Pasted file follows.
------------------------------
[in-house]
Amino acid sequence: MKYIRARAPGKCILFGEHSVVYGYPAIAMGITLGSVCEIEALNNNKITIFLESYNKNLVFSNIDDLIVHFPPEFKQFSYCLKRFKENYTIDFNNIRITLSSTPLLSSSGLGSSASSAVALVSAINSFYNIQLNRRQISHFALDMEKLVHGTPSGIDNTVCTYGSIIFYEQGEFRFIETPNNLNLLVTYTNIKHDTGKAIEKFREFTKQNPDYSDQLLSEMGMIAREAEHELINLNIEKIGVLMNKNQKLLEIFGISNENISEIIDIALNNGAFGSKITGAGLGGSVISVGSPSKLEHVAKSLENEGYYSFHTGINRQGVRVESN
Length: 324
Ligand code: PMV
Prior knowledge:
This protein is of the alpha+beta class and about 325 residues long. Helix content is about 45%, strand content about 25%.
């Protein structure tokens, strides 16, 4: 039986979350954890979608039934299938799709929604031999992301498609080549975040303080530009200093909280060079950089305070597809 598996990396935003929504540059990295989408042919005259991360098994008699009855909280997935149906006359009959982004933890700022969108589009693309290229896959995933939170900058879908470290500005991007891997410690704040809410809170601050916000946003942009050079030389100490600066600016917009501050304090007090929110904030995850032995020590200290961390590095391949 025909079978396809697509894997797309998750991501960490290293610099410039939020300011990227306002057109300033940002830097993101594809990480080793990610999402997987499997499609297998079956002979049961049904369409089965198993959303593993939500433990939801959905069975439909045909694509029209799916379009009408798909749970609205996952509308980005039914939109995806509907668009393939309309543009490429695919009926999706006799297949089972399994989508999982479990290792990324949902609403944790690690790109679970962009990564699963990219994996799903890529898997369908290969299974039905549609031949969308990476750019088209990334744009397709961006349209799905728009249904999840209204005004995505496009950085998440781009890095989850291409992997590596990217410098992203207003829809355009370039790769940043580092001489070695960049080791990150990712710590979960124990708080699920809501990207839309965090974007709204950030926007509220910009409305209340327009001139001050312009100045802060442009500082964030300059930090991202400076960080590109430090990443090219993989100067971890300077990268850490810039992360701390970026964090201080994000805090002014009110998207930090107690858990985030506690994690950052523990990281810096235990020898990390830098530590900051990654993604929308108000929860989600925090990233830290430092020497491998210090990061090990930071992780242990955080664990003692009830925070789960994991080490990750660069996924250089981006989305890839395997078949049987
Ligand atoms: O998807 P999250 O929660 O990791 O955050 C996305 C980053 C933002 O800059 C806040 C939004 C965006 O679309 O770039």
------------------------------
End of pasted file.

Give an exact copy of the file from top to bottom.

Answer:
[in-house]
Amino acid sequence: MKYIRARAPGKCILFGEHSVVYGYPAIAMGITLGSVCEIEALNNNKITIFLESYNKNLVFSNIDDLIVHFPPEFKQFSYCLKRFKENYTIDFNNIRITLSSTPLLSSSGLGSSASSAVALVSAINSFYNIQLNRRQISHFALDMEKLVHGTPSGIDNTVCTYGSIIFYEQGEFRFIETPNNLNLLVTYTNIKHDTGKAIEKFREFTKQNPDYSDQLLSEMGMIAREAEHELINLNIEKIGVLMNKNQKLLEIFGISNENISEIIDIALNNGAFGSKITGAGLGGSVISVGSPSKLEHVAKSLENEGYYSFHTGINRQGVRVESN
Length: 324
Ligand code: PMV
Prior knowledge:
This protein is of the alpha+beta class and about 325 residues long. Helix content is about 45%, strand content about 25%.
């Protein structure tokens, strides 16, 4: 039986979350954890979608039934299938799709929604031999992301498609080549975040303080530009200093909280060079950089305070597809 598996990396935003929504540059990295989408042919005259991360098994008699009855909280997935149906006359009959982004933890700022969108589009693309290229896959995933939170900058879908470290500005991007891997410690704040809410809170601050916000946003942009050079030389100490600066600016917009501050304090007090929110904030995850032995020590200290961390590095391949 025909079978396809697509894997797309998750991501960490290293610099410039939020300011990227306002057109300033940002830097993101594809990480080793990610999402997987499997499609297998079956002979049961049904369409089965198993959303593993939500433990939801959905069975439909045909694509029209799916379009009408798909749970609205996952509308980005039914939109995806509907668009393939309309543009490429695919009926999706006799297949089972399994989508999982479990290792990324949902609403944790690690790109679970962009990564699963990219994996799903890529898997369908290969299974039905549609031949969308990476750019088209990334744009397709961006349209799905728009249904999840209204005004995505496009950085998440781009890095989850291409992997590596990217410098992203207003829809355009370039790769940043580092001489070695960049080791990150990712710590979960124990708080699920809501990207839309965090974007709204950030926007509220910009409305209340327009001139001050312009100045802060442009500082964030300059930090991202400076960080590109430090990443090219993989100067971890300077990268850490810039992360701390970026964090201080994000805090002014009110998207930090107690858990985030506690994690950052523990990281810096235990020898990390830098530590900051990654993604929308108000929860989600925090990233830290430092020497491998210090990061090990930071992780242990955080664990003692009830925070789960994991080490990750660069996924250089981006989305890839395997078949049987
Ligand atoms: O998807 P999250 O929660 O990791 O955050 C996305 C980053 C933002 O800059 C806040 C939004 C965006 O679309 O770039």